With reference to the drawings which illustrate one form of this invention 10 designates generally a source of gas which has been humidified in a manner which is known to the art. 11 designates generally a conduit or breathing tube which extends from a connecting point 12 in the source of a humidified gas to a face mask 14 at the other end of the tube 11, it being well known that this mask is placed over the face for the patient to use in breathing. This conduit 11 or breathing tube is disposed in a depending arcuate path in its passage from the source of humidified gas to the face mask 14 and at a low point in this tube which may be designated generally 15, we place our improved apparatus designated generally 16 and which is shown in a larger scale in FIG. 2.

The apparatus 16 here illustrated comprises a U-shape conduit having branches 17 and 18 which are connected to the portions 11a and 11b of the breathing tube designated generally 11 and which has a low' portion at 19 with an opening 20 while at this low portion. there is connected a trap comprising a container 25 having a top wall 26 With an opening 27 registering with the opening 20 so that any condensed moisture which may collect in the breathing tube 11 will drain to this low point and thence through the openings 20 and 27 into the container 25. The bottom wall 28 of this container is provided with an opening 29 in which there is positioned a cup-like seat of resilient material, such as rubber or synthetic rubber 30, which has a neck portion 31 provided with a recess 32 to extend into and receive the edges of the bottom wall 28 about the opening 29. This neck is also provided with an opening 33 leading from the interior of the container to the exterior thereof.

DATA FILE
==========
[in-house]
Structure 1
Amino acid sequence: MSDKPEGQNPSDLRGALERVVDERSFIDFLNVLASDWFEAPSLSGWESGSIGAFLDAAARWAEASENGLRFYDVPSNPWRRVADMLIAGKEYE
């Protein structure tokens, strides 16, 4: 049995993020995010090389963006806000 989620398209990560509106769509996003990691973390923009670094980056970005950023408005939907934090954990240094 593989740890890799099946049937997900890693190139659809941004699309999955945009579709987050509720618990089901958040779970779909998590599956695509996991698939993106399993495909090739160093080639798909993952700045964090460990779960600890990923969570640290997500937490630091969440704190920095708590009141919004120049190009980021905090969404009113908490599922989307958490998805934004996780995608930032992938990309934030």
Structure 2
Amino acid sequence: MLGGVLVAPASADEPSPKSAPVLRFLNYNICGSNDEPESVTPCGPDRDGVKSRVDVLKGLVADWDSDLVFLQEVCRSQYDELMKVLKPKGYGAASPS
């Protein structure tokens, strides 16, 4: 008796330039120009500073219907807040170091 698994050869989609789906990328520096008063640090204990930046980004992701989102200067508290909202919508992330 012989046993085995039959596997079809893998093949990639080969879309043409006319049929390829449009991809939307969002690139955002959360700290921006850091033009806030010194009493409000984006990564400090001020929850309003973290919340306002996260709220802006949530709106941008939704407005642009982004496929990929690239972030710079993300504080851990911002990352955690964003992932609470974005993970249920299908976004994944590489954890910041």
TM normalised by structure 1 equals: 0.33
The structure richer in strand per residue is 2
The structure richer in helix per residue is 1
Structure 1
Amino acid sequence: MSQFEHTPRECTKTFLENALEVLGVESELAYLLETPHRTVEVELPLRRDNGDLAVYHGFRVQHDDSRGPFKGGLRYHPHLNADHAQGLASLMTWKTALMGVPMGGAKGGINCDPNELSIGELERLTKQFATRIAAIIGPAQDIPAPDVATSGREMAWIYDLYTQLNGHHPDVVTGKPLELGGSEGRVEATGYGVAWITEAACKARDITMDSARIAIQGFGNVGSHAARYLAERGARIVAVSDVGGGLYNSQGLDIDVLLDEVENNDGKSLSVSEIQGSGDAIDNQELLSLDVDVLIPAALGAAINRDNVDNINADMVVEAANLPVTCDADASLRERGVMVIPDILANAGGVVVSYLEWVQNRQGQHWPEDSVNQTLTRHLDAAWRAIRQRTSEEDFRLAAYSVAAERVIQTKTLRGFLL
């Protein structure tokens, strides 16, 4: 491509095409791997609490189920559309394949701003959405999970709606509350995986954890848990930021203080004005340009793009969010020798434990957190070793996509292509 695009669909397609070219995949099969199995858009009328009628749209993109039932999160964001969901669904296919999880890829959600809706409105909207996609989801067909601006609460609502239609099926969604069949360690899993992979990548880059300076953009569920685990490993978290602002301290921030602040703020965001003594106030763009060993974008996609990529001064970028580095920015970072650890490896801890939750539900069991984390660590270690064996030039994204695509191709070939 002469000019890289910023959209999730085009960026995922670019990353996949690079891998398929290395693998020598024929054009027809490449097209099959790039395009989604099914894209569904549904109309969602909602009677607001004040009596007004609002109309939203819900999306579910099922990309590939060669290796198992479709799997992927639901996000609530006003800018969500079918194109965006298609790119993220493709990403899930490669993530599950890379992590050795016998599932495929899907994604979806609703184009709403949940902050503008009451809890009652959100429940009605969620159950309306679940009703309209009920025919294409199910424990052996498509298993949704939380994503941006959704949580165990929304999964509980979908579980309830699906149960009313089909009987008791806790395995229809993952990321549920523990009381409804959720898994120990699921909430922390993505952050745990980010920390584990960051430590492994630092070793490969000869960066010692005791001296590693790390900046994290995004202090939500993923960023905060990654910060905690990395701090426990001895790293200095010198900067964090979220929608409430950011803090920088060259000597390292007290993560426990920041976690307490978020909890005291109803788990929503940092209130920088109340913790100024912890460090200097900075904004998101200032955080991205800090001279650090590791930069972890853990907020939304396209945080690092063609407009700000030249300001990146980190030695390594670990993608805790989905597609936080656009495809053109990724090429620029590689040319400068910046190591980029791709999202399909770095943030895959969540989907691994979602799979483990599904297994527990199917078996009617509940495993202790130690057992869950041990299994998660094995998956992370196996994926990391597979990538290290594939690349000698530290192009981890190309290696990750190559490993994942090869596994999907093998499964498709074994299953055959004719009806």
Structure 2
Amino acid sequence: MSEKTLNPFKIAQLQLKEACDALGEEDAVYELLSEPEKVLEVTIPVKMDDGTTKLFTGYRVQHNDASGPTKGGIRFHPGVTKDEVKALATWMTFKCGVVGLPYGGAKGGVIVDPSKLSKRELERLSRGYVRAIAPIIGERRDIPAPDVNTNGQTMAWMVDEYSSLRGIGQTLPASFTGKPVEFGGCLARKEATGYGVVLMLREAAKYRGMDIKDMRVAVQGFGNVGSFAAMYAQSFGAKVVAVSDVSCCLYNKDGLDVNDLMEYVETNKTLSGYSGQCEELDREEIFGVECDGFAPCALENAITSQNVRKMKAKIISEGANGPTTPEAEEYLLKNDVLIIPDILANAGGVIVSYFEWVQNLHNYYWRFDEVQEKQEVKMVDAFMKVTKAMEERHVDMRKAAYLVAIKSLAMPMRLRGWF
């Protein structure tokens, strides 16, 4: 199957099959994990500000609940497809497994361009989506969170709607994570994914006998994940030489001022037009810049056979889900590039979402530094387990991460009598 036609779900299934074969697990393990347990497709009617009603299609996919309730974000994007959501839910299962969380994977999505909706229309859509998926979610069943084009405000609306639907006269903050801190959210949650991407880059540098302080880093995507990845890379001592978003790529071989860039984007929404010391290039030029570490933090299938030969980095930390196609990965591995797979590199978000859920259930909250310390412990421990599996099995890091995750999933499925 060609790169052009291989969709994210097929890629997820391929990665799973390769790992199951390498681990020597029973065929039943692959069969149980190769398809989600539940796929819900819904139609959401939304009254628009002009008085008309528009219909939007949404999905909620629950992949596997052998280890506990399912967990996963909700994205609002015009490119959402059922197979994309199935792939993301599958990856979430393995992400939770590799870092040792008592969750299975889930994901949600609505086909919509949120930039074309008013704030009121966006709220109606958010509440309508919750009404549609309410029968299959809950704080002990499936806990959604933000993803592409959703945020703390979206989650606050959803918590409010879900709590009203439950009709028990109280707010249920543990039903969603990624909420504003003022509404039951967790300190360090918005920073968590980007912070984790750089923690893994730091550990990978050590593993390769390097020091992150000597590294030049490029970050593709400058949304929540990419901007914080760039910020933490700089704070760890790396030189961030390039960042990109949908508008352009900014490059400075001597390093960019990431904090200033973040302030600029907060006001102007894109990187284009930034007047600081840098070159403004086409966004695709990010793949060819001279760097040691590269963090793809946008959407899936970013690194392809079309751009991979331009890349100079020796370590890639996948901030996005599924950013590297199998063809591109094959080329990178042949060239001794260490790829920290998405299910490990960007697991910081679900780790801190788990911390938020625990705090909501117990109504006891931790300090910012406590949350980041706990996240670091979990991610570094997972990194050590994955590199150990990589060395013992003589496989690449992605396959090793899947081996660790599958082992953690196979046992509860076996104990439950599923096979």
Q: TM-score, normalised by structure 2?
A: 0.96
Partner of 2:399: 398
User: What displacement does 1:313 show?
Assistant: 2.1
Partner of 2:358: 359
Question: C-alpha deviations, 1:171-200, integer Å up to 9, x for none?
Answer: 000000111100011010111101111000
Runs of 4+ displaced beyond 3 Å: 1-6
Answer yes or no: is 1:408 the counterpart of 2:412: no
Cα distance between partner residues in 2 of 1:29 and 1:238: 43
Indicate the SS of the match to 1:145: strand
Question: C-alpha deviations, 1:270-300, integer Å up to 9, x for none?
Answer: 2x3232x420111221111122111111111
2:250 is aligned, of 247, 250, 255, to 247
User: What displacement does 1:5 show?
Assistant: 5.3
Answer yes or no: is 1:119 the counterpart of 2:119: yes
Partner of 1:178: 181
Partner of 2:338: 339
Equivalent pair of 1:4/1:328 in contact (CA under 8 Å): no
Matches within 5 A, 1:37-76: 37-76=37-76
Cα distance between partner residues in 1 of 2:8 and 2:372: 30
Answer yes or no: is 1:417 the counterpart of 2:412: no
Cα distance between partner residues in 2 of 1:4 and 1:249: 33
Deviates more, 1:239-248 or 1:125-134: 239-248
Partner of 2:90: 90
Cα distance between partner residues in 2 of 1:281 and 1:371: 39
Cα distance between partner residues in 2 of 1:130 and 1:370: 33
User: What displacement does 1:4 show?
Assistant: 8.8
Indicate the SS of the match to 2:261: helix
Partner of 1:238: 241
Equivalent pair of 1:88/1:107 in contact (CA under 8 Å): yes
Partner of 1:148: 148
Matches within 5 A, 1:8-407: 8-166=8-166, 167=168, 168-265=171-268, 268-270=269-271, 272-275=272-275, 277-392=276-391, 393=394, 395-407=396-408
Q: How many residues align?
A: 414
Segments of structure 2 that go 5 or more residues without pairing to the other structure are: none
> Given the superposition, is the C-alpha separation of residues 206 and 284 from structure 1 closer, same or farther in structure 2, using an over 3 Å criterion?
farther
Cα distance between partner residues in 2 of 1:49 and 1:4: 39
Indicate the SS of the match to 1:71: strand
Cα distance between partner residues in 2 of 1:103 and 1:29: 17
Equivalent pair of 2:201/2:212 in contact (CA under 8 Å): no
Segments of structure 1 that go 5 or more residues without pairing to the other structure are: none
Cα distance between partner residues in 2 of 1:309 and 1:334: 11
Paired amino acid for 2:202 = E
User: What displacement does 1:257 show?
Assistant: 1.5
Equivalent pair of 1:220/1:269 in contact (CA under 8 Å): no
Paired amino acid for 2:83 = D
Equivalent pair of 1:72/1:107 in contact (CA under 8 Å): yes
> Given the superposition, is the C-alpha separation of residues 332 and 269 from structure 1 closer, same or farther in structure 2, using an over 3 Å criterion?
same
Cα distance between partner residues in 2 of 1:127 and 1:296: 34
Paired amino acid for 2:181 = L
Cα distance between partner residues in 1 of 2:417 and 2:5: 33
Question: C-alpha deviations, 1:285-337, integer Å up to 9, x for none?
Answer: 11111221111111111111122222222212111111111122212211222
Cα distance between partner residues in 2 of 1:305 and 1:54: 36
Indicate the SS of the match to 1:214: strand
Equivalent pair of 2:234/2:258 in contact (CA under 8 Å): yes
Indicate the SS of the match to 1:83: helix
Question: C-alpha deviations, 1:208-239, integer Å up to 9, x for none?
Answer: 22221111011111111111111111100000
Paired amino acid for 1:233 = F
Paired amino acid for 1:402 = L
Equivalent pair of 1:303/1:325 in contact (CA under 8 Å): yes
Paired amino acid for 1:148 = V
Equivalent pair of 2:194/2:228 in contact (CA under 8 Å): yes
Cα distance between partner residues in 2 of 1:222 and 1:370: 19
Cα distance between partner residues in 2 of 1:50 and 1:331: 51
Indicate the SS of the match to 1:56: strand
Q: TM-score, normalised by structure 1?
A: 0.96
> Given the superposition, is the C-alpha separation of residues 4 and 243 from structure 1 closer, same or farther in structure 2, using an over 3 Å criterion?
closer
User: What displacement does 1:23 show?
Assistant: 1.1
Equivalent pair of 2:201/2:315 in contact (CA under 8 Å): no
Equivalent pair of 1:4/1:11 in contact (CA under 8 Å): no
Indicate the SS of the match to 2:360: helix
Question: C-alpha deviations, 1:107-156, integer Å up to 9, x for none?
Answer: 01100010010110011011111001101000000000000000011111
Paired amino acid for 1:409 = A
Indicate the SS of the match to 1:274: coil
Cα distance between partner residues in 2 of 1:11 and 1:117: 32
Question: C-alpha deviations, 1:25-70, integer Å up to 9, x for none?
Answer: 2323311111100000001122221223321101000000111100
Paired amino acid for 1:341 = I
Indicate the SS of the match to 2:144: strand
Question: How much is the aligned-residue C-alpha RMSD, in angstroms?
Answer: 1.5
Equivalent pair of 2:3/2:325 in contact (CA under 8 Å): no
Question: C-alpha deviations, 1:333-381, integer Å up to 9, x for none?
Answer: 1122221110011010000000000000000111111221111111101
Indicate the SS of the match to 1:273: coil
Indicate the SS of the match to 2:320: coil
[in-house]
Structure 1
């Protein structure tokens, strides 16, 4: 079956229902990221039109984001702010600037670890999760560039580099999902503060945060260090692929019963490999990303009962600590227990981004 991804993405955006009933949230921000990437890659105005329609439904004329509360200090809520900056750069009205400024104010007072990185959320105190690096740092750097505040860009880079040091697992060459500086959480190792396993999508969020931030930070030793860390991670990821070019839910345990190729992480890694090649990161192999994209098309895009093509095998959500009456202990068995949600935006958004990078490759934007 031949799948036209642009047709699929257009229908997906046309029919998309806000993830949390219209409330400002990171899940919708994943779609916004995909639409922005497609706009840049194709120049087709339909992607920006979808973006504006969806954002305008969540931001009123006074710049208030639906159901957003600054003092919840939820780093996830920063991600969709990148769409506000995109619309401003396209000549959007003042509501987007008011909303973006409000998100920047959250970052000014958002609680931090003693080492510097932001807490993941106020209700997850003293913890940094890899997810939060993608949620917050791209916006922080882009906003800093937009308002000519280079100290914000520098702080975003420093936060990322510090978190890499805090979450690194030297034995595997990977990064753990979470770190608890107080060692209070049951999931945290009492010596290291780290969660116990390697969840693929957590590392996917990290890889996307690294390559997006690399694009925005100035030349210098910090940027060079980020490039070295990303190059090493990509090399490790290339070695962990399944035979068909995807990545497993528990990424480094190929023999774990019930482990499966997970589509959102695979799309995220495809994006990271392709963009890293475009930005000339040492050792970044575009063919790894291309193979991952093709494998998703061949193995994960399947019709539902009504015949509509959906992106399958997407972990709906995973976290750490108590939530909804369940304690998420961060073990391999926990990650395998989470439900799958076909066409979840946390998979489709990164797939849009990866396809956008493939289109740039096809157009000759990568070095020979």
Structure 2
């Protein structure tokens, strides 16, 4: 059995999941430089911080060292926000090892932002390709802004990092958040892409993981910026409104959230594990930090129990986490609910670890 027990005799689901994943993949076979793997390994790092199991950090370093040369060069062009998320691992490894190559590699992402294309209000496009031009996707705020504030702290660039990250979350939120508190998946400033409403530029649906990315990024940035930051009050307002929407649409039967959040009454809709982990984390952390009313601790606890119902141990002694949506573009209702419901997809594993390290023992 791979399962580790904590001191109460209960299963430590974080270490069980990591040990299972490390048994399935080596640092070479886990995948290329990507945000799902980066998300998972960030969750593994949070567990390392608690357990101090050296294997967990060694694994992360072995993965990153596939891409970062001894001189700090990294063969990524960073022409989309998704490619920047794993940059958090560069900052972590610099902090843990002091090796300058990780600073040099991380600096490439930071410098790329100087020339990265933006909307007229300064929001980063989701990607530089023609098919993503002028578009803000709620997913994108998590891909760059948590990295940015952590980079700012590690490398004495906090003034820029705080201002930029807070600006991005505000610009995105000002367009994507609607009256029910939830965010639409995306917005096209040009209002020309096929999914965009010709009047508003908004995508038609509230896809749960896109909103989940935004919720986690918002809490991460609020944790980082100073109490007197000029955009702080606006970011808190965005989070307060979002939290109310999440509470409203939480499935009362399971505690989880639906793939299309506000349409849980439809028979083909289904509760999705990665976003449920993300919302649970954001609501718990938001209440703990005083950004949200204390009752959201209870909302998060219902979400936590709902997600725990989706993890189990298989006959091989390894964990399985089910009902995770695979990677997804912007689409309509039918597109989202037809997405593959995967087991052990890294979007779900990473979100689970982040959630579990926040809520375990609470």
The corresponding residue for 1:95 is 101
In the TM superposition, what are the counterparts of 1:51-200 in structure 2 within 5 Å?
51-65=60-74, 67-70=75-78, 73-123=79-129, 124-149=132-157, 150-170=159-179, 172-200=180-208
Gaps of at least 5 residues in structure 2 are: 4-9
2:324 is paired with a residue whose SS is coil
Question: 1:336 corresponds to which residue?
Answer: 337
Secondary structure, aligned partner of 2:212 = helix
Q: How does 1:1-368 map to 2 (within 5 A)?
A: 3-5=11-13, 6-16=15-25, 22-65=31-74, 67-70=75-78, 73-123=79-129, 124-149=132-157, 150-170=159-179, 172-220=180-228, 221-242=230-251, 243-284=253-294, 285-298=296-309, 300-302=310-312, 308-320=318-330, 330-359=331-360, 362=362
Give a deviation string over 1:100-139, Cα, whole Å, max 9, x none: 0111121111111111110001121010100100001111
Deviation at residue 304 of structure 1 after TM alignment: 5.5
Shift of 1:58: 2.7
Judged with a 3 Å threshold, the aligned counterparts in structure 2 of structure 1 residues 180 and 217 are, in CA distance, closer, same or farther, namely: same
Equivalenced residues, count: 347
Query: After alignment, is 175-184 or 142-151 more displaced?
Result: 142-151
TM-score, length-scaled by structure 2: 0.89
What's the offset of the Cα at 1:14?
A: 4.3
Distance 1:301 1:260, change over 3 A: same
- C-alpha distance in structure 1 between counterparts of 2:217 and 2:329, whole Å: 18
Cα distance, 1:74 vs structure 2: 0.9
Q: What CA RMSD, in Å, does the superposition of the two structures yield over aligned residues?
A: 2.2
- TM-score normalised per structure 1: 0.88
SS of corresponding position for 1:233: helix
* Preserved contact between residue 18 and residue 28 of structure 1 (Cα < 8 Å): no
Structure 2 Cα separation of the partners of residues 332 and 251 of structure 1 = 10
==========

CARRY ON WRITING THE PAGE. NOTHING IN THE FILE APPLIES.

A ball valve 35 is located in the container 25 and is of a size to engage the cup-like seat at a point just inwardly from its upper peripheral edge, and at this seat 30 is generally an inverted cone and of a size to receive the lower portion of the ball, a good circular contact is provided in a seat which may flex slightly due to the pressure of the gas being conveyed and entering the container so as to provide a good seal against the leakage of any gas. The ball valve 35 is usually of Celluloid and hollow, it being essentially lighter than water. A ping-pong ball may serve this purpose. Thus, this ball being light, should water in the container designated 40 in FIG. 3 rise to a point to float the ball 35 off its seat such as shown in FIG. 3, will permit water to pass into the cup and out through the bottom thereof by gravity.